BREAKING News Out Of WASHINGTON… Here’s What We Know

Two North Sound Men Indicted for Trafficking Fentanyl

Pressed Pills into Fake Oxycodone; Stashed more than $1 Million and Arsenal of Firearms in House with Hidden Room, and Gold Coins in Walls

          Two men were charged today in a multi-count indictment for their scheme to traffic fentanyl disguised as fake oxycodone pills in Snohomish, Skagit and Whatcom Counties, announced U.S. Attorney Annette L. Hayes.  BRADLEY WOOLARD, 39, of Arlington is charged in all five counts of the indictment alleging drug distribution and illegal firearms possession.  GRIFFIN THOMPSON, 30, of Bellingham is charged in two of the counts: conspiracy and possession of fentanyl with intent to distribute.  THOMPSON was arrested last night and will appear in U.S. District Court at 2:00 today.  WOOLARD was arrested as he attempted to cross into the U.S. from Mexico on September 1, 2018.  He remains in custody in San Diego and will likely make his appearance in the Western District of Washington later this month.

“Fentanyl is an incredibly potent and dangerous drug that has been linked to overdose deaths across the country,” said U.S. Attorney Annette L. Hayes.   “To make matters worse, the fentanyl in this case has been pressed into pills meant to look like the prescription drug oxycodone.  Along with all the usual and terrible risks associated with illegal drugs, these pose the added problem of appearing to be one thing – oxycodone – when they are something altogether different, and even more dangerous.”

According to records filed in the case, on July 27, 2018, acting on a tip, law enforcement observed THOMPSON as he traveled from Bellingham to WOOLARD’s Arlington home.  After THOMPSON spent a short time at the house, he began the return drive to Bellingham.  After a traffic stop, a drug detection dog alerted to THOMPSON’s car and investigators found three bags each containing 1,000 fake oxycodone pills.  THOMPSON also had more than $8,000 in cash.

Law enforcement obtained multiple court-authorized search warrants for WOOLARD’s home.  On July 28, 2018, they found more than 10,000 fentanyl pills designed to look like 30 mg oxycodone prescription narcotic.  The pills ultimately tested positive for fentanyl.  The pills are pale blue in color and have “M” printed on one side and “30” on the other side.  Over the course of multiple searches law enforcement seized $400,000 in cash from two safes, another $270,000 from behind the water heater and tool chest in the shop area, and an additional $200,000 hidden in the dishwasher.  Additional searches turned up $110,000 in cash that had been hidden behind drywall in the house, along with jars of gold coins.  Investigators also discovered a hidden room containing 29 firearms ranging from handguns to assault rifles, including three silencers.  The room also contained a large amount of ammunition.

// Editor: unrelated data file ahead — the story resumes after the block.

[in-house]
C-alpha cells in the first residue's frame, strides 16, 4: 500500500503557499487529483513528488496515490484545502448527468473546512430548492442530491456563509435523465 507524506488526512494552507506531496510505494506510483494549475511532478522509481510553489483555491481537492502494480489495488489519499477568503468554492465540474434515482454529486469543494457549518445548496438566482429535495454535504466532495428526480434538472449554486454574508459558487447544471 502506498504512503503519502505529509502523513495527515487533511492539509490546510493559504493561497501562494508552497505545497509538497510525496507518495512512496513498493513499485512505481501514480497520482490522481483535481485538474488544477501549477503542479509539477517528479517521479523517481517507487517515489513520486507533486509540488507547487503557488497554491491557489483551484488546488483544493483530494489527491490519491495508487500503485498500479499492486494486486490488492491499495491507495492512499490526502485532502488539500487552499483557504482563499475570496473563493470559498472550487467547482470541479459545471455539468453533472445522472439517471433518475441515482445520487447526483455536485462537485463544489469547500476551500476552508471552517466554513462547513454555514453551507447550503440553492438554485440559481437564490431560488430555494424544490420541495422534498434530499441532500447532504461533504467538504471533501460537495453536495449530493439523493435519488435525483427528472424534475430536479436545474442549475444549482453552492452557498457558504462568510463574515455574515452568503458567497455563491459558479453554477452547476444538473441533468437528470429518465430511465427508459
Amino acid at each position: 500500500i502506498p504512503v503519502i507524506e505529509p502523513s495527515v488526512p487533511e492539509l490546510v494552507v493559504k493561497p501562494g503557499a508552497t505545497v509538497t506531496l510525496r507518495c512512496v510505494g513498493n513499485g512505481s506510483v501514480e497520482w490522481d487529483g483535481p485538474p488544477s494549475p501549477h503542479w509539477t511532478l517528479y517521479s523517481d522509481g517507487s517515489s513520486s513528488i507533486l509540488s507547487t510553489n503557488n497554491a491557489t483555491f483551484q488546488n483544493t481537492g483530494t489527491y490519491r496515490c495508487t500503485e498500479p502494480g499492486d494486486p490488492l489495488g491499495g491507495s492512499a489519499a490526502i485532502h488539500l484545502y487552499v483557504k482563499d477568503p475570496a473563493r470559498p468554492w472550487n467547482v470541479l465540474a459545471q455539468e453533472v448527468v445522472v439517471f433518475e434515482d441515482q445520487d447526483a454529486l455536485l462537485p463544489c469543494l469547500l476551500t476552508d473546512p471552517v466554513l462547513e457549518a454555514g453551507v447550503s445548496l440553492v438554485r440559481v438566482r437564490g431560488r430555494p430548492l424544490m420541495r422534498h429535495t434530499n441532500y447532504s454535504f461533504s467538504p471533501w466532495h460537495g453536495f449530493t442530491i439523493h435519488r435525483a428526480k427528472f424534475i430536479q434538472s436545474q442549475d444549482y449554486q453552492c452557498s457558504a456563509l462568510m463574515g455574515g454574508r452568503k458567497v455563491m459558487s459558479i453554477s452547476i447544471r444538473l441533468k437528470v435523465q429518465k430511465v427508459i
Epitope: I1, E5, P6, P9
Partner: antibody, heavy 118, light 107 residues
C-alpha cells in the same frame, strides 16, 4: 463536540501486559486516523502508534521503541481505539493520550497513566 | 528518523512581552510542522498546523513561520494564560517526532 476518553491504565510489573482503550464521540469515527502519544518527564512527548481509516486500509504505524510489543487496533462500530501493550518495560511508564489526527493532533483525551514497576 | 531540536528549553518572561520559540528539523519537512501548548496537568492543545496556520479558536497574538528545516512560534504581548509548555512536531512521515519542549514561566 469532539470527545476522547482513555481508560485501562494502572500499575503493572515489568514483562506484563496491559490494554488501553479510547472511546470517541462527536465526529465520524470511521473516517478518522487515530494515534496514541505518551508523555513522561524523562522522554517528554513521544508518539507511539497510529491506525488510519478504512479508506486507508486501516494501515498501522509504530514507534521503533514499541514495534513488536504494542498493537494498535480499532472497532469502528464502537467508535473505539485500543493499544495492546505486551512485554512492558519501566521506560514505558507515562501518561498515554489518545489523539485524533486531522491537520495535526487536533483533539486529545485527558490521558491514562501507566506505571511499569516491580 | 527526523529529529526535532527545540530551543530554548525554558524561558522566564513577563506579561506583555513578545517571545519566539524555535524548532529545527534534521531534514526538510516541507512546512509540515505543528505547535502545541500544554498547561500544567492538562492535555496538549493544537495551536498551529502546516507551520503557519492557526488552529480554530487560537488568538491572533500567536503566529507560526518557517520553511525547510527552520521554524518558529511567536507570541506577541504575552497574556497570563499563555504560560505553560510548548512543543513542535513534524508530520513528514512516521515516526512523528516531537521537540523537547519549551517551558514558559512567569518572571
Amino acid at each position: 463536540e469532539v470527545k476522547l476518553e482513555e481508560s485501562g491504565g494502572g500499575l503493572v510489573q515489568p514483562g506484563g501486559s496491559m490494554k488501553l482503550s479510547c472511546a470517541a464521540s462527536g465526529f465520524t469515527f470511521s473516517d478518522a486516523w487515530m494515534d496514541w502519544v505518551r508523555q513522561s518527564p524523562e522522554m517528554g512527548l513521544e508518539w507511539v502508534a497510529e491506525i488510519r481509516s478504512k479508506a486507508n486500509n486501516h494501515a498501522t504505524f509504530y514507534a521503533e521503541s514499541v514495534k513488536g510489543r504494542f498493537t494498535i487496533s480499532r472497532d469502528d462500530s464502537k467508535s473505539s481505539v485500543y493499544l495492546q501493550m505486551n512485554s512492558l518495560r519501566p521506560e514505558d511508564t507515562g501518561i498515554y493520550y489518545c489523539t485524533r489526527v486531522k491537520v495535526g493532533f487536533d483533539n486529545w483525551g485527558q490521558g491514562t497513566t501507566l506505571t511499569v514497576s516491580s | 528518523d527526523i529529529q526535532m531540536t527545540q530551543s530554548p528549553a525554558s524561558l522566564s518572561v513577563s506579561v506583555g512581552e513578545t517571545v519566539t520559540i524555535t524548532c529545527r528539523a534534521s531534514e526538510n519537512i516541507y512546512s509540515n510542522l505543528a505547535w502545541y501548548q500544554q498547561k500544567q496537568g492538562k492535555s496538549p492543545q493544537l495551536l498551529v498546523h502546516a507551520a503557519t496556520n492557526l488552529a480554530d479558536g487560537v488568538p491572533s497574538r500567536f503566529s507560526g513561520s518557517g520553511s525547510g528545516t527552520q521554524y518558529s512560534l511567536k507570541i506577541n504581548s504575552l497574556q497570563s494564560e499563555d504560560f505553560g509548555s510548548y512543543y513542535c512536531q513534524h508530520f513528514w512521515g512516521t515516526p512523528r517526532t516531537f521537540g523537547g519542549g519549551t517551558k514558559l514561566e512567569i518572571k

Based on the seized firearms, WOOLARD is charged with being a felon in possession of firearms due to his 2004 felony conviction in Island County for use of a building for unlawful drug activity.  He is also charged with possession of firearms in furtherance of drug trafficking.

Conspiracy and possession of fentanyl with intent to distribute is punishable by a mandatory minimum ten years in prison and up to life in prison.  Being a felon in possession of a firearm is punishable by up to ten years in prison.  Possession of a firearm in furtherance of a drug trafficking crime is punishable by a mandatory minimum five- year prison sentence that is in addition to the sentence for the drug trafficking activity.

The charges contained in the indictment are only allegations.  A person is presumed innocent unless and until he or she is proven guilty beyond a reasonable doubt in a court of law.

This was an Organized Crime and Drug Enforcement Task Force (OCDETF) investigation, providing supplemental federal funding to the federal and state agencies involved.  The investigation is being led by the Drug Enforcement Administration (DEA) with assistance from the Snohomish Regional Drug and Gang Task Force (SRDGTF) and the Whatcom County Drug and Gang Task Force.

The case is being prosecuted by Assistant United States Attorneys Kate Vaughan and Karyn Johnson.


U.S. Attorney’s Office
Western District of Washington




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